Anwar Al-Awlaki, Al Qaeda-Linked Cleric, Killed In Yemen
Anwar al-Awlaki, the US-born cleric linked to al Qaeda has been killed in Yemen, the country's defence ministry has said.
Awlaki is believed to have died on Friday morning, 90 miles east of the capital Sana'a between the Marib and al-Jawf. It is thought he was killed by an air strike. According to local tribal leaders, the attack came while he was travelling in a two-car convoy.
It is not know if the preacher was targeted by one of the US military drones that operate over Yemen.
Credited with being being the head of Al Qaeda in the Arabian Peninsula, 40-year-old al-Awlaki came to prominence due to his alleged links with a series of terror plots.
The cleric is reported to have had email exchanges with the US Army Major Nidal Malik Hasan, who was responsible for the Fort Hood shootings at a military base in Texas in 2009. The shootings left 13 dead.
In 2009, The Telegraph reported that Hasan had attended the Dar al-Hijrah mosque in Virginia Falls, while Awlaki was there as a preacher.
He is also believed to have had connections with Faisal Shahzad, the 30-year-old Pakistan-born resident of Bridgeport, arrested for the failed car bombing of Times Square in 2010.
The US accused Awlaki of being linked to the failed attempt to blow up a plane over Detroit on Christmas Day, 2009. Umar Farouk Abdulmutallab, a 23-year-old Nigerian, tried to down an aircraft by igniting a bomb concealed in his underwear.
In February 2010, Awlaki gave an interview to Al Jazeera in which he said he supported Abdulmutallab's attempted attack but did not encourage it.
Speaking to the channel, he said: "Yes, I support what Umar Farouk has done after I have been seeing my brothers being killed in Palestine for more than 60 years, and others being killed in Iraq and in Afghanistan.
"And in my tribe too, US missiles have killed 17 women and 23 children, so do not ask me if al-Qaeda has killed or blown up a US civil jet after all this. The 300 Americans are nothing comparing to the thousands of Muslims who have been killed."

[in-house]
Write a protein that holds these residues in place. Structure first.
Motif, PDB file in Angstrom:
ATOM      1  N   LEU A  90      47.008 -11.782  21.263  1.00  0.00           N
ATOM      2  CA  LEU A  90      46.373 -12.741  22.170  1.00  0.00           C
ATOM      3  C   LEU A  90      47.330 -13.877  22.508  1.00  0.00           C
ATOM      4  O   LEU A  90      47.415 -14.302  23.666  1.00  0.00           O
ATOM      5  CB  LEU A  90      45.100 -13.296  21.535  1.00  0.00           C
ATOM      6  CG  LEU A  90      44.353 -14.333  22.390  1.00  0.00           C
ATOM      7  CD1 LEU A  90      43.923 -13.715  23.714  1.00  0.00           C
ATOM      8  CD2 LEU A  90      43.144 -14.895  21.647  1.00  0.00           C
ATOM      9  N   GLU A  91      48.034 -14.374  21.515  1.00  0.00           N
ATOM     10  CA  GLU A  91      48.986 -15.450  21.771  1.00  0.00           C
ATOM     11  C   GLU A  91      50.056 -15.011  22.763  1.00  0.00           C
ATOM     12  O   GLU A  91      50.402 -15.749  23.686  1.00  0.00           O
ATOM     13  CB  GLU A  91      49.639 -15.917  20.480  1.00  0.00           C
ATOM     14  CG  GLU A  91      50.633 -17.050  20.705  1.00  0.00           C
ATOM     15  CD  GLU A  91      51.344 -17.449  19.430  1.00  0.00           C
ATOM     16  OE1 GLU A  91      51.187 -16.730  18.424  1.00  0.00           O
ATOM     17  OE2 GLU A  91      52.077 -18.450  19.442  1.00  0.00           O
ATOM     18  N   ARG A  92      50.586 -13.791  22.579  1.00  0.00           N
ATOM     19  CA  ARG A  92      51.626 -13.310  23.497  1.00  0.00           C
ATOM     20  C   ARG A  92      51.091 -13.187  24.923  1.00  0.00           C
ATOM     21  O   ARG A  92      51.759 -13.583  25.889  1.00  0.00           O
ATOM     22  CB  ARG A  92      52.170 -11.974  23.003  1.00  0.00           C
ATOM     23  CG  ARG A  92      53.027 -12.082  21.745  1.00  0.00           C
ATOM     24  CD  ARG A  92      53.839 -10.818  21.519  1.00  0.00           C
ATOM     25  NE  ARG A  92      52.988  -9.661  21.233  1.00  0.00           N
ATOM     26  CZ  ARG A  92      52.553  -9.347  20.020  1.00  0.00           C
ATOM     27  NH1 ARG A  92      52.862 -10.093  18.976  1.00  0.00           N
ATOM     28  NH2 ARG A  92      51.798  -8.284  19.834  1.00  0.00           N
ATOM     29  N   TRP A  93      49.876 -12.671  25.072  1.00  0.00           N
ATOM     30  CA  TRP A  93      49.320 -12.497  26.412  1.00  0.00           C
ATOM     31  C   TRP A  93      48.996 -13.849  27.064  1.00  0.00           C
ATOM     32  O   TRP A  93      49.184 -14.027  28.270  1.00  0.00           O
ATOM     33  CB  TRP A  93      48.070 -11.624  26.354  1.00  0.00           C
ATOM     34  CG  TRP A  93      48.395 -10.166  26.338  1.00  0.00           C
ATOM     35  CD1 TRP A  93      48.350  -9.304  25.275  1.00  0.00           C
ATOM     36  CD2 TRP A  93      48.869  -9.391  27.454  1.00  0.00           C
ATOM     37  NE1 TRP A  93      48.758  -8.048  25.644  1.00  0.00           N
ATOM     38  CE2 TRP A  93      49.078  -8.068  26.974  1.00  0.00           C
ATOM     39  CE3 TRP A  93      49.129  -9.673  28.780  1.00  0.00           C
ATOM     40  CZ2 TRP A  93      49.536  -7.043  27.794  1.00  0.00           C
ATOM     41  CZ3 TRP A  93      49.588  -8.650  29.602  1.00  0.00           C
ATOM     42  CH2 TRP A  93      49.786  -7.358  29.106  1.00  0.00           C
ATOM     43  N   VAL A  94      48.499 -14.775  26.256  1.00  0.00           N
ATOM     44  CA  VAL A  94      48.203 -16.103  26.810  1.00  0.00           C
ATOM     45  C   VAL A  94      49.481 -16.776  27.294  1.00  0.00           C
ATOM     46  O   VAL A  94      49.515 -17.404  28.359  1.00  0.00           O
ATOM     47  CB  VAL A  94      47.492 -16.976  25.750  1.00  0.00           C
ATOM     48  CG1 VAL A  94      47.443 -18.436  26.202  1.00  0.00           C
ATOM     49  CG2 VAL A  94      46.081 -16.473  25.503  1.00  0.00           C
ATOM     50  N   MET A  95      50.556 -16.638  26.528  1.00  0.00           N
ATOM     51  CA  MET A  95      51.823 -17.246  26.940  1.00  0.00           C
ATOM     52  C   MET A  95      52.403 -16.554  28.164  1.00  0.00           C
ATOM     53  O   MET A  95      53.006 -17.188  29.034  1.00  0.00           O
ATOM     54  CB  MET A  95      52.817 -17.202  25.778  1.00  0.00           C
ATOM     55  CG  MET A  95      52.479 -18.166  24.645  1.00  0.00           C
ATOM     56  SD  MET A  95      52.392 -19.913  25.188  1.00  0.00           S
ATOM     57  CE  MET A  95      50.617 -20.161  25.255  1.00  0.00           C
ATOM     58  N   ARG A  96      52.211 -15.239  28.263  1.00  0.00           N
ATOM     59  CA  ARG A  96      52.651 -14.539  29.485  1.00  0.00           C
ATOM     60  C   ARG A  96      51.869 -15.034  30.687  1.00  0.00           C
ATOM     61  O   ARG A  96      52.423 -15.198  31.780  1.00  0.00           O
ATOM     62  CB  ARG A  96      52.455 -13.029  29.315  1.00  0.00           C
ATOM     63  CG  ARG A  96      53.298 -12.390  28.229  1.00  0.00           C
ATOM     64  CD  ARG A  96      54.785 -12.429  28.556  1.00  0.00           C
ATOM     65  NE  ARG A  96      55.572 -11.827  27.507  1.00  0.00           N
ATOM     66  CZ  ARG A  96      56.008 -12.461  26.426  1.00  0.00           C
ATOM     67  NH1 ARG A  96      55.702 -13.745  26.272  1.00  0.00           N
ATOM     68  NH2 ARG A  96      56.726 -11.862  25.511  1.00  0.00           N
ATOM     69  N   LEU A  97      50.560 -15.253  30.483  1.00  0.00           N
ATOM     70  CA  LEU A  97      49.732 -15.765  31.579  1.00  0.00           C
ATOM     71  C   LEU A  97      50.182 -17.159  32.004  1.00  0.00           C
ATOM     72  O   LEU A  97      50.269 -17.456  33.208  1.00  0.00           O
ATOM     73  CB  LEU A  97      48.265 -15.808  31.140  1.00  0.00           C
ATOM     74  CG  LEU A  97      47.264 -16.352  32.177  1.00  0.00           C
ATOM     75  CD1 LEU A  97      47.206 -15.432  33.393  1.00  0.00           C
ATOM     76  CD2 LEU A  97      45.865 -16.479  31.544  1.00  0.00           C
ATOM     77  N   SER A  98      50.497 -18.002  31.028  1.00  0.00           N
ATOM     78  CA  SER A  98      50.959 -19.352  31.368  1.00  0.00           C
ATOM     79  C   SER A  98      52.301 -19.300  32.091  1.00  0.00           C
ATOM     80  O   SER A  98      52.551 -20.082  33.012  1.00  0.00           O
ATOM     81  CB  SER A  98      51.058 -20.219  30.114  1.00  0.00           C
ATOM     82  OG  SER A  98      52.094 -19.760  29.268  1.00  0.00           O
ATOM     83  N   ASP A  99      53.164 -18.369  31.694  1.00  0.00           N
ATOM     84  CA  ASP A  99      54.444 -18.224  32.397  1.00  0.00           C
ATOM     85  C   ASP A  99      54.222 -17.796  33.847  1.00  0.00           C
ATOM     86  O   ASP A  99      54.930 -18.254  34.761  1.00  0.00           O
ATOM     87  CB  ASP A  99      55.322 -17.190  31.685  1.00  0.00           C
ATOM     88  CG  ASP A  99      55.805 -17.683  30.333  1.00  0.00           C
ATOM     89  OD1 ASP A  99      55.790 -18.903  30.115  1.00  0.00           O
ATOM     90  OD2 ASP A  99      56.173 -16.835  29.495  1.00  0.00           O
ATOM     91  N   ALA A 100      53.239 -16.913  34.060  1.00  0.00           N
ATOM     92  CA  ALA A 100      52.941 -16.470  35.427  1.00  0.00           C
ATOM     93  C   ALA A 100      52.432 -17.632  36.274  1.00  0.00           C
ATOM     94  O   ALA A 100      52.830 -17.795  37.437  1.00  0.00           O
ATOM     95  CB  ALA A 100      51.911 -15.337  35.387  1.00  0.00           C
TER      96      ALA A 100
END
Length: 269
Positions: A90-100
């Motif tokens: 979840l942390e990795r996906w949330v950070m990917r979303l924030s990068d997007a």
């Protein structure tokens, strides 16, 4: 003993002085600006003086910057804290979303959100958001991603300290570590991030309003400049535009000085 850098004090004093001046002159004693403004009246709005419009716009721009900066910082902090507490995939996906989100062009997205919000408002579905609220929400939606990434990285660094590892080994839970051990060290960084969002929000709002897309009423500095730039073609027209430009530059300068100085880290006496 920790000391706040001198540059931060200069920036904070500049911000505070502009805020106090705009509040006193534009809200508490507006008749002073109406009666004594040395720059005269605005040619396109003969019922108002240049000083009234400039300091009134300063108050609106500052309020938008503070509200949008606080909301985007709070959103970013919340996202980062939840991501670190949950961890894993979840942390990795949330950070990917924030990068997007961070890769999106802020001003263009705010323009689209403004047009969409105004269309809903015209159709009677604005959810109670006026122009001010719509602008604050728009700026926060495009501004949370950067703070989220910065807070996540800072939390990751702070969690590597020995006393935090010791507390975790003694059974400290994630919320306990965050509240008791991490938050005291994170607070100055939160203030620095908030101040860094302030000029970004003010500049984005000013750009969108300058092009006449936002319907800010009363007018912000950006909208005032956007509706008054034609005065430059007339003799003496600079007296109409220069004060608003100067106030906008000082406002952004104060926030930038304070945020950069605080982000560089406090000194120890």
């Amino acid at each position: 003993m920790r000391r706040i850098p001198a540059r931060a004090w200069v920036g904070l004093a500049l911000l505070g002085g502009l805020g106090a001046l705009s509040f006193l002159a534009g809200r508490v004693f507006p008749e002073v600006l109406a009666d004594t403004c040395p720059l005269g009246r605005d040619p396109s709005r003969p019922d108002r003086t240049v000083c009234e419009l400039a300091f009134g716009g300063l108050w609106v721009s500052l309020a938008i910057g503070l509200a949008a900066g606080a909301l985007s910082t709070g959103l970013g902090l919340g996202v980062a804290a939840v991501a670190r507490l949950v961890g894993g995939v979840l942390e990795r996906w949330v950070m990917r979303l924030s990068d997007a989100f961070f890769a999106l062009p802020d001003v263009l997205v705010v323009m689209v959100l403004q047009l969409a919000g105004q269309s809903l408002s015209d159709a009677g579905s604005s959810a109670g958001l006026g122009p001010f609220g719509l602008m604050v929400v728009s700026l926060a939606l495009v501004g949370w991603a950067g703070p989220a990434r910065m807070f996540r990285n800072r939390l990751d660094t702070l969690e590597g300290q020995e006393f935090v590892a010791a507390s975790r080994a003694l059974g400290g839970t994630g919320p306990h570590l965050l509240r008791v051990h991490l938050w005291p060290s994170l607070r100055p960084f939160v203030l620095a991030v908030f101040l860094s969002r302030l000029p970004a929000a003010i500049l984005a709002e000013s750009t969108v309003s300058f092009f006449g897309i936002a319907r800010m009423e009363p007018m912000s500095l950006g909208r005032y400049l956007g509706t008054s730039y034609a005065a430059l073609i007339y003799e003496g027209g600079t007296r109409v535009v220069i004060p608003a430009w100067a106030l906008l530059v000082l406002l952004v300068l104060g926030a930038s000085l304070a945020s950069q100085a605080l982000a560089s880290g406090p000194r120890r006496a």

When asked if the Yemeni government would facilitate his assassination, Awlaki said:
"The Yemeni government sells its citizens to the United States, to earn the ill-gotten funds it begs the West for in return for their blood."
British foreign secretary William Hague said if confirmed, Awlaki's death would be "another significant blow to al Qaeda".
"With the attempted Detroit bombing and the aeroplane cargo bomb plots he has demonstrated his intent and ability to cause mass terror, whilst his murderous ideology was responsible for inspiring terrorist attacks in the UK and the US," he said on Friday.
According to US intelligence, Awlaki acted as the spiritual leader to three of the 9/11 hijackers and, until 2009, ran and updated a blog that espoused an extreme Islamic ideology.
He was also suspected of involvement with plots to attacks interests in Europe and the UK. In 2010 MP Stephen Timms was approached and stabbed by 21-year-old Roshonara Choudhry in Beckton, East London. The motive for the attack, according to Choudhry, was the MP's support for the Iraq war, however she said she had been inspired by the preaching of al-Awlaki.
Rajib Karim, the 31-year-old software engineer who was jailed in 2010 for plotting to blow up a British Airways plane, had corresponded with Awlaki on his intent to place a package on a US-bound flight.
In 2009, the preacher was controversially invited to speak via video link-up by City University's Islamic Society, however after media attention and pressure by the Centre for Social Cohesion, the event was cancelled.
Born in New Mexico in 1971, Awlaki grew up in Yemen but returned to the US to attend university.
He has been reported dead before, most recently in 2009. In April 2010, the cleric was added to the CIA's kill or capture list by the Obama administration after a special government review concluded that he had played an operational role in attempted terrorist attacks on the US. He was the only American on the hit list.